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Wine problem - uninstall / reinstall


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#1 synaptic

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Posted 22 December 2016 - 11:02 PM

I decided to remove Wine from Linux Mint Rosa ( I hardly ever used it and don't like it )
Now when I run Update I get errors relating to Wine remnants ( see screenie )

I've tried the usual commands ... remove , purge etc but still the same issues
I thought reinstalling it might sort it out , but no .

It's not a real problem , just irritating.
Am I missing something stupidly obvious ?

I would be grateful for any tips .

Attached Files


Edited by synaptic, 22 December 2016 - 11:07 PM.


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#2 Condobloke

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Posted 22 December 2016 - 11:15 PM

You can do that with Synaptic Package Manager. When you login and then search/locate wine, and it shows up in the right pane, a right click on the corresponding checkbox > choose "Completely remove".


Condobloke ...Outback Australian  fed up with Windows antics...??....LINUX IS THE ANSWER....I USE LINUX MINT 18.3  EXCLUSIVELY.

“A man travels the world in search of what he needs and returns home to find it."

It has been said that time heals all wounds. I don't agree. The wounds remain. Time - the mind, protecting its sanity - covers them with some scar tissue and the pain lessens, but it is never gone. Rose Kennedy

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#3 Condobloke

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Posted 22 December 2016 - 11:20 PM

THIS PAGE is a good read


Condobloke ...Outback Australian  fed up with Windows antics...??....LINUX IS THE ANSWER....I USE LINUX MINT 18.3  EXCLUSIVELY.

“A man travels the world in search of what he needs and returns home to find it."

It has been said that time heals all wounds. I don't agree. The wounds remain. Time - the mind, protecting its sanity - covers them with some scar tissue and the pain lessens, but it is never gone. Rose Kennedy

 GcnI1aH.jpg

 

 


#4 Viper_Security

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Posted 23 December 2016 - 01:57 AM

Have you tried:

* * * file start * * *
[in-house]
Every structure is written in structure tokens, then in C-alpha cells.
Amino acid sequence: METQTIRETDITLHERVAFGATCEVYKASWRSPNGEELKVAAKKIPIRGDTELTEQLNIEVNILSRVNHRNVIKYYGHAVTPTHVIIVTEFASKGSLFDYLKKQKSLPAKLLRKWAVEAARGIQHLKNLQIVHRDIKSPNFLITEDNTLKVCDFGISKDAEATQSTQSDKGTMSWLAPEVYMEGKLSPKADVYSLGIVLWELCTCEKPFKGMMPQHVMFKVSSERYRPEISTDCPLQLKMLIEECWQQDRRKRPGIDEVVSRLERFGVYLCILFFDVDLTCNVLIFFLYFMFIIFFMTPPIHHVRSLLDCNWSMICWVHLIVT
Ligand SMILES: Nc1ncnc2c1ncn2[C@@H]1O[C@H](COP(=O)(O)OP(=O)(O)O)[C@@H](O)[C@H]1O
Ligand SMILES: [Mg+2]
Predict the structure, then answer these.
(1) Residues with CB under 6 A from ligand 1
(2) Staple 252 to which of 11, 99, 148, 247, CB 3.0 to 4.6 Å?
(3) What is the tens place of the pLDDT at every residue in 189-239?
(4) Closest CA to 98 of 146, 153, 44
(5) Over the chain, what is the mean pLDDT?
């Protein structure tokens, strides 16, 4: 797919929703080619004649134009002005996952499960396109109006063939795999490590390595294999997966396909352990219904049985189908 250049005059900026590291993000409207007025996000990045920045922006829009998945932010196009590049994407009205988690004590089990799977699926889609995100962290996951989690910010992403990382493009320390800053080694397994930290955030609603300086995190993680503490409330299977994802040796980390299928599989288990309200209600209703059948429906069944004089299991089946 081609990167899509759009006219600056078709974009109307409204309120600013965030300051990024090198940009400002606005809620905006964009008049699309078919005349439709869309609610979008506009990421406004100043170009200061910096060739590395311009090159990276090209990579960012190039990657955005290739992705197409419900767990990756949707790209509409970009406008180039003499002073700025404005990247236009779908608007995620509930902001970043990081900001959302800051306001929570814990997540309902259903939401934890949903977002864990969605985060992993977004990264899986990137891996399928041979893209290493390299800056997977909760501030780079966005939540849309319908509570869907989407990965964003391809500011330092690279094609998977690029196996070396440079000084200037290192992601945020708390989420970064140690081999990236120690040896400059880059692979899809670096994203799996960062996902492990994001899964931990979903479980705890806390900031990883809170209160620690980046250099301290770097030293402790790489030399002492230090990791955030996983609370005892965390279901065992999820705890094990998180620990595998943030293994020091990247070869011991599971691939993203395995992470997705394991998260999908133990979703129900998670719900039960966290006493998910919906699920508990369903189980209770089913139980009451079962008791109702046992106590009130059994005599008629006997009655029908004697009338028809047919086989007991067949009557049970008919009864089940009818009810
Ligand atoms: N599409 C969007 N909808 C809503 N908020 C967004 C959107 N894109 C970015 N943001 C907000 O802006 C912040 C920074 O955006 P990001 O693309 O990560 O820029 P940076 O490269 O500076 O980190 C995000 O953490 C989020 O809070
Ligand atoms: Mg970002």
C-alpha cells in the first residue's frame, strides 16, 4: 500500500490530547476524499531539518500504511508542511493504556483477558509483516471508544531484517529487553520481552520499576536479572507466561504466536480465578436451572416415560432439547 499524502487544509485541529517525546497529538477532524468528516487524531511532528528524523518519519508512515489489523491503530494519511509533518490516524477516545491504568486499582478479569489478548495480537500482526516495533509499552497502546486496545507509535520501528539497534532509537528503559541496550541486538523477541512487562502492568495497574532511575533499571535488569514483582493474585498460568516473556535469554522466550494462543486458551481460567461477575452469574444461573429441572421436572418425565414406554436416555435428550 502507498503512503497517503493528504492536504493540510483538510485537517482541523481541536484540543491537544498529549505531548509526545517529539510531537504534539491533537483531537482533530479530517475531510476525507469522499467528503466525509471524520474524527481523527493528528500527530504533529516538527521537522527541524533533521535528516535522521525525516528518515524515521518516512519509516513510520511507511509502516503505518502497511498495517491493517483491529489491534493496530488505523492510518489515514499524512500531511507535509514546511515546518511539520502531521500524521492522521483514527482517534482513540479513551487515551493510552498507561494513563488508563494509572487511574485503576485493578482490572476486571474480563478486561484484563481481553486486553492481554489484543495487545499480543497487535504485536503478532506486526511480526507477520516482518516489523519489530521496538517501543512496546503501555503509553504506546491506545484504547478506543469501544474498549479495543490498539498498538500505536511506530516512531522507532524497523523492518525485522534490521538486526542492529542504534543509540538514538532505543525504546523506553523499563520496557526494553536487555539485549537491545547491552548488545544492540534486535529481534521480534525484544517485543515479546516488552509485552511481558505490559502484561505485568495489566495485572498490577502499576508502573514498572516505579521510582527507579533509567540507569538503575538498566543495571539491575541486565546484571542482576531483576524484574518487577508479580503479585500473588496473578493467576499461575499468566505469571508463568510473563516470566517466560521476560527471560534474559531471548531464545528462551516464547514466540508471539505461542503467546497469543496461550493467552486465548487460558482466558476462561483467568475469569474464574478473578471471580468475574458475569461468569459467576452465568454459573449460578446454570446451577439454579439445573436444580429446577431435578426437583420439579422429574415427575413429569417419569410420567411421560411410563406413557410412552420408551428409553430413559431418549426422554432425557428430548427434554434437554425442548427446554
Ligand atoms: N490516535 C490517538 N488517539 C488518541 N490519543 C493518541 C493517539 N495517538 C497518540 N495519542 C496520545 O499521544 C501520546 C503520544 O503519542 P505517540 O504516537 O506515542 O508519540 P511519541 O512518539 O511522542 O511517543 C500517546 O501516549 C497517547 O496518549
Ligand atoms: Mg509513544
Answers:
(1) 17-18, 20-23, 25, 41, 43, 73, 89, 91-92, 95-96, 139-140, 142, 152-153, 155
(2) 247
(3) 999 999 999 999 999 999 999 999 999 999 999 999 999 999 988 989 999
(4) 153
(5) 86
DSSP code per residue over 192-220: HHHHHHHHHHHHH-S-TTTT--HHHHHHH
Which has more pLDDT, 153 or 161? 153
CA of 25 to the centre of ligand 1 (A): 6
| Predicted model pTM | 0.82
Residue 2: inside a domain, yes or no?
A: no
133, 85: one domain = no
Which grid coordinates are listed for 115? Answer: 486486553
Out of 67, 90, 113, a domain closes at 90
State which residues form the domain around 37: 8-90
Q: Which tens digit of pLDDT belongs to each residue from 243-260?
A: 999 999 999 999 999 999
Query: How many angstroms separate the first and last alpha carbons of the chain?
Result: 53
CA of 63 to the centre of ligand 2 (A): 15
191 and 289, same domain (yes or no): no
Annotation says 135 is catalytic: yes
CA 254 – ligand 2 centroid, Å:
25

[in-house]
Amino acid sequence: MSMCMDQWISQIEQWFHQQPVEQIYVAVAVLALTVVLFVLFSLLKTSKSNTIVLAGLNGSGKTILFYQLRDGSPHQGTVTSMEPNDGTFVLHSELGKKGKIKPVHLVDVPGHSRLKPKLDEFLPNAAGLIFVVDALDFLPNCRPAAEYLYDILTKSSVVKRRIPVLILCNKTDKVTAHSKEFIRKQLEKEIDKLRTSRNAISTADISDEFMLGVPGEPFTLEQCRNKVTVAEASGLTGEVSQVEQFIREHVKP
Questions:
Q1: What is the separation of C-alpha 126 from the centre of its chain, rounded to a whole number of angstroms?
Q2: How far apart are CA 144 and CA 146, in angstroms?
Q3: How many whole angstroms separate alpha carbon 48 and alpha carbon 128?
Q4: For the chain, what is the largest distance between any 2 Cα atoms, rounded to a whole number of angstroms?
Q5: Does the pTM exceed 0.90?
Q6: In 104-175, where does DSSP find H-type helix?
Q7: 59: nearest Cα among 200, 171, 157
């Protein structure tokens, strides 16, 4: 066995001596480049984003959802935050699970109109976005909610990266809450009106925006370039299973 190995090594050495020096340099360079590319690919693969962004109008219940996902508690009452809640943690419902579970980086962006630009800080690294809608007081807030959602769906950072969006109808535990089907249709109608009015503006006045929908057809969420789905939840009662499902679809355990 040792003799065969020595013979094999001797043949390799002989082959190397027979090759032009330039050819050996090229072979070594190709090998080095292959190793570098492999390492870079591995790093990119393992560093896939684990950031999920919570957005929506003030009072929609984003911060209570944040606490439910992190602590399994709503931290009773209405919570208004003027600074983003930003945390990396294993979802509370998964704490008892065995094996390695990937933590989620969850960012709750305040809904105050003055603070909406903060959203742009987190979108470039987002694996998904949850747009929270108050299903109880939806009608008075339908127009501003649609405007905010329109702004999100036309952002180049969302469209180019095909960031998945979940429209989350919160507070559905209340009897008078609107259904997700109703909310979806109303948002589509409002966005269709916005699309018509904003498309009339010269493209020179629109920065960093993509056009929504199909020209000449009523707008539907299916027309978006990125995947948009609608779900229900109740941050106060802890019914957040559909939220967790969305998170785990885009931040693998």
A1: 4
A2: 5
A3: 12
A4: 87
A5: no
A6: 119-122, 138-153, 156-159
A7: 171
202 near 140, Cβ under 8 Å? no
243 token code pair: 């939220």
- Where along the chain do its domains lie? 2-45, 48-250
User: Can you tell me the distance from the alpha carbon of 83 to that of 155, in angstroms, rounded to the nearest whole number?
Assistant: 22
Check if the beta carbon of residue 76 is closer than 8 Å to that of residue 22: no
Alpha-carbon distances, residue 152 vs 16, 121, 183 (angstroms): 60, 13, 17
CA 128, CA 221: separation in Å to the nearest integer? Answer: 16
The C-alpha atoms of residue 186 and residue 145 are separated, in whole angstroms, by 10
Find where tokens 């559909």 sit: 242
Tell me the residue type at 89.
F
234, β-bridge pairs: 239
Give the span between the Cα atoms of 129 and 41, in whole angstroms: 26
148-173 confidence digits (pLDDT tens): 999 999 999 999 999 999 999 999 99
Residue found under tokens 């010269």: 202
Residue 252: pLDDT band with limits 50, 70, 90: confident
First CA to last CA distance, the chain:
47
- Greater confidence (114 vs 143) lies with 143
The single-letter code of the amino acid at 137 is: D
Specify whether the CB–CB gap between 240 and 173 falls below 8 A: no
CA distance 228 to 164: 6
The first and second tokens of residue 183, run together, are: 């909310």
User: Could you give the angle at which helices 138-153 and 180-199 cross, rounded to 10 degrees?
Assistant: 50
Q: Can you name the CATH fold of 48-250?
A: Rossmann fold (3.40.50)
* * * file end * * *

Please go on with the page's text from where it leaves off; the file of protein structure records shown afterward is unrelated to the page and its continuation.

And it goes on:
apt-get --purge remove wine

apt-get autoremove

apt-get autoclean

apt-get clean

 

and then updating?

 

 

Also could try that Synpatic package manager thing, that fixed a distro i was working on.


Edited by Viper_Security, 23 December 2016 - 01:57 AM.

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#5 synaptic

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Posted 23 December 2016 - 03:07 AM

Thank you guys , for the quick and helpful responses .

 

@Condobloke

Thanks for that link .

I have been casually searching for weeks , using every combination of search terms I could think of ...

.... don't know how I missed that one !

But it appears I am not the only one with this problem .

 

@Viper_Security

I tried most , but not all of those commands , so I will try again with the exact sequence you suggest .

 

I will check out those suggestions ( as soon as people stop asking me for advice on christmas hardware purchases :) )


Edited by synaptic, 23 December 2016 - 03:10 AM.


#6 cat1092

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Posted 23 December 2016 - 03:10 AM

I learned my lesson the hard way, a little over a year back, a still active member whom I'll not call out by name (because I don't believe any harm was meant) came along with a Silverlight replacement software named 'Pipelight' to watch Netflix, Hulu/Hulu Plus & more. Unfortunately until it was too late, I then discovered that WINE was on my system, and performed the uninstall the regular way by select uninstall, not via the Package Manager. :(

 

Then I did what I had to, being a fresh install that took nearly three hours to fully setup less than a week earlier, and chose to open the Home folder & used the option to show hidden files & directories (there's a LOT more in there other than the user's 8-10 folders). Then I was able, one by one, to remove by deletion all remnants of WINE in about an hour, and after running the file checker one last time to ensure there were no more, ran 'sudo apt autoremove', which found a couple more. Then I was in business again.

 

Lesson learned, I no longer blindly install these 'little things' that may trigger other changes, will research first to see what's coming along for the ride. :)

 

To be honest, I have no idea why WINE shipped with Pipelight, it's only a plug-in, though the only thing that I can figure was that it's a copycat of a Microsoft product. Being that we can legally install Microsoft Fonts with  Synaptic (search 'tts-microsoft-installer') after agreeing to the EULA, may as well be offered Silverlight w/out WINE. :P

 

Cat


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#7 synaptic

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Posted 23 December 2016 - 03:18 AM

@cat1092

 

Ouch  !!!

 

Sounds like you had a nightmare .

Are you saying that using the  "autoremove" command would have saved you all that manual clean-up work ?


Edited by synaptic, 23 December 2016 - 03:18 AM.


#8 cat1092

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Posted 23 December 2016 - 04:56 AM